What if devices are covered with artificial skin? Sounds creepy, isn’t it? Skin-On interfaces is a research project made by Marc Teyssier and his colleagues at Bristol Interaction Group, in Bristol UK.
The researchers have adopted a bio-driven approach to developing a multi-layer, silicone membrane that mimics the layers present in human skin.
What are Skin-On Interfaces?
These are sensitive skin-like input methods than can be added to existing devices to increase their capabilities. The artificial skin allows devices to feel the grasp, including its pressure and location, as well.
Marc Teyssier said:
Human skin is the best interface for interaction. I propose this new paradigm in which interactive devices have their artificial skin, thus enabling new forms of input gestures for end-users.
Able to detect a plethora of gestures!
The artificial skin is made up of a surface textured layer, an electrode layer of conductive threads, and a hypodermis layer. So far, the team has created a phone case, computer touchpad, and smartwatch to demonstrate how the artificial skin works. According to the team, the interface is more natural and can detect a plethora of gestures made by the end-users like tickling, caressing, even twisting and pinching.
Marc Teyssier added:
Artificial skin has been widely studied in the field of Robotics but with a focus on safety, sensing, or cosmetic aims. This is the first research we are aware of that looks at exploiting realistic artificial skin as a new input method for augmenting devices.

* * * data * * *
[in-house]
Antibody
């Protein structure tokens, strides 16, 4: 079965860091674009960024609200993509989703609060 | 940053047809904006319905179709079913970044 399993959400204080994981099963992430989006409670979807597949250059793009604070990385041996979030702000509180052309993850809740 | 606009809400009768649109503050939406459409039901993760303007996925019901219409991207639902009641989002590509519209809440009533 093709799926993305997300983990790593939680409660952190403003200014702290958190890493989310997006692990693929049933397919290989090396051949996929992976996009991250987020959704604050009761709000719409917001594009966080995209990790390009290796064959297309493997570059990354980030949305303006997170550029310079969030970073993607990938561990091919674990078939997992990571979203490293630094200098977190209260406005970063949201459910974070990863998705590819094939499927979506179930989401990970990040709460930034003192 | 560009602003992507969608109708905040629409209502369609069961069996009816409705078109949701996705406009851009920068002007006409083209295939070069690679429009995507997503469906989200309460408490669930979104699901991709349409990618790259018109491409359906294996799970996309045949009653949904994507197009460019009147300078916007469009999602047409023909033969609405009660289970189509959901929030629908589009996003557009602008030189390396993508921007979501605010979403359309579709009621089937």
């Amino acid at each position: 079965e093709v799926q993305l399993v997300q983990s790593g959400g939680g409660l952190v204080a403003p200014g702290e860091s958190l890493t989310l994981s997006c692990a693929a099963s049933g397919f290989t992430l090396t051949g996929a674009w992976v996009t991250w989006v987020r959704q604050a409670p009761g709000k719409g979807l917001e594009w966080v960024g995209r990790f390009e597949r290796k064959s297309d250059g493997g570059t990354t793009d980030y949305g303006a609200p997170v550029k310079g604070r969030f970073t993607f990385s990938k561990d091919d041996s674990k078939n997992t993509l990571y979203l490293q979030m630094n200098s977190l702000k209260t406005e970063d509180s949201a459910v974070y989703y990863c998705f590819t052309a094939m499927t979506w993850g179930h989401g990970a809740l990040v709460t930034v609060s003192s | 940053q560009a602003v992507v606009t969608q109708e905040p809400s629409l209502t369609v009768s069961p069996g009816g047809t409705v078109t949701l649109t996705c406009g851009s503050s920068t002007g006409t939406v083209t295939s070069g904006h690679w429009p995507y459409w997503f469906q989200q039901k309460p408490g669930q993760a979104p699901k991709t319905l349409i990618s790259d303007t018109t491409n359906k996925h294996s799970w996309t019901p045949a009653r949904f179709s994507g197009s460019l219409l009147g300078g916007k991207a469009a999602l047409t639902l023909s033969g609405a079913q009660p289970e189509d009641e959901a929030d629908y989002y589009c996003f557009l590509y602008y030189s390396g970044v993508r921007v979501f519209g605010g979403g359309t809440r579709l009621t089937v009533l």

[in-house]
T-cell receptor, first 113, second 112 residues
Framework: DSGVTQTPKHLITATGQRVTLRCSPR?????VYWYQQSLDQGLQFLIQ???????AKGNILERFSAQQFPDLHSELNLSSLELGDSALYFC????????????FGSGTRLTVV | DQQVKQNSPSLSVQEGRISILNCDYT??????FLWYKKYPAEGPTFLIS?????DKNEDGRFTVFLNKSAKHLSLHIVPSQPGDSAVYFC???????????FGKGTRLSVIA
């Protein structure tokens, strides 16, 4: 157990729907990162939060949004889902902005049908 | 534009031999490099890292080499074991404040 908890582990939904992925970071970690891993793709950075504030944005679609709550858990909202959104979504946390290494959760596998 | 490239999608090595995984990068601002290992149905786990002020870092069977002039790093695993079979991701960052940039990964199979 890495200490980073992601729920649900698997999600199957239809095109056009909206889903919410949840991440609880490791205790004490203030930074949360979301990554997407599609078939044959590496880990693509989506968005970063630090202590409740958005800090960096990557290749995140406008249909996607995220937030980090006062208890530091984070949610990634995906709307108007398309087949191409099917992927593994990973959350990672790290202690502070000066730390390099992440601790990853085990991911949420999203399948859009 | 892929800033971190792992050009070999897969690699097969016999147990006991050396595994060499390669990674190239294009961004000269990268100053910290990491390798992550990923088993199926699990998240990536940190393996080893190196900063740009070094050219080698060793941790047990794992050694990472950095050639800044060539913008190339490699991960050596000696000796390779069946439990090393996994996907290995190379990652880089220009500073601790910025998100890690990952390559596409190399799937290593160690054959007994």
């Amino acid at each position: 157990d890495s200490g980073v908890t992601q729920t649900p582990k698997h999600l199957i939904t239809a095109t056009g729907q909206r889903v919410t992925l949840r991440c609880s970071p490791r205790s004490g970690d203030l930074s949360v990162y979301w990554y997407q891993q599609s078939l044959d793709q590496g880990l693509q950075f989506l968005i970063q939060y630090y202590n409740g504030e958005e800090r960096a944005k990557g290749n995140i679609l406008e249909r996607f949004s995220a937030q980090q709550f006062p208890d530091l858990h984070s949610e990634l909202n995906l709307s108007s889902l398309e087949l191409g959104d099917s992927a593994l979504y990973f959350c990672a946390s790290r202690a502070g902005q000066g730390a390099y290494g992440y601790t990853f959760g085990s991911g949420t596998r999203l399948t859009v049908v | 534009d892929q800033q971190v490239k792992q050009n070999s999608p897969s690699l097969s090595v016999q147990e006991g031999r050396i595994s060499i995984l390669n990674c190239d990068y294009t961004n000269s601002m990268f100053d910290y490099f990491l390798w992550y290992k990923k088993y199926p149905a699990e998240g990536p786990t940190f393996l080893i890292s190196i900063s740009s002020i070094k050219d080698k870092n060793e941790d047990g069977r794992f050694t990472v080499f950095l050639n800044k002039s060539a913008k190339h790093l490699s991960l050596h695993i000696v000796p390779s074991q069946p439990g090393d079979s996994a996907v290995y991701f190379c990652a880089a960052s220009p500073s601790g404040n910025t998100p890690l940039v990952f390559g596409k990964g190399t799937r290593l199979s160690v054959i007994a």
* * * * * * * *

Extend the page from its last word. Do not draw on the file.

Making skin even more realistic!
According to the researchers, the next step will be making the skin even more realistic. It’s worth mentioning that they have already started looking at implanting hair and temperature features, which could be enough to give devices and those around them – goosebumps. Furthermore, the authors are inviting developers with interest in Skin-On interfaces to get in touch.
Dr. Anne Roudaut, Associate Professor in Human-Computer Interaction at the University of Bristol, who supervised the research, said:
This is the first time we have the opportunity to add skin to our interactive devices. The idea is perhaps a bit surprising, but the skin is an interface we are highly familiar with, so why not use it and its richness with the devices we use every day?
Marc Teyssier added:
One of the main use of smartphones is mediated communication, using text, voice, video, or a combination. We implemented a messaging application where users can express rich tactile emotions on the artiﬁcial skin. The intensity of the touch controls the size of the emojis. A strong grip conveys anger while tickling the skin displays a laughing emoji, and tapping creates a surprised emoji.
Main image credits: Marc Teyssier
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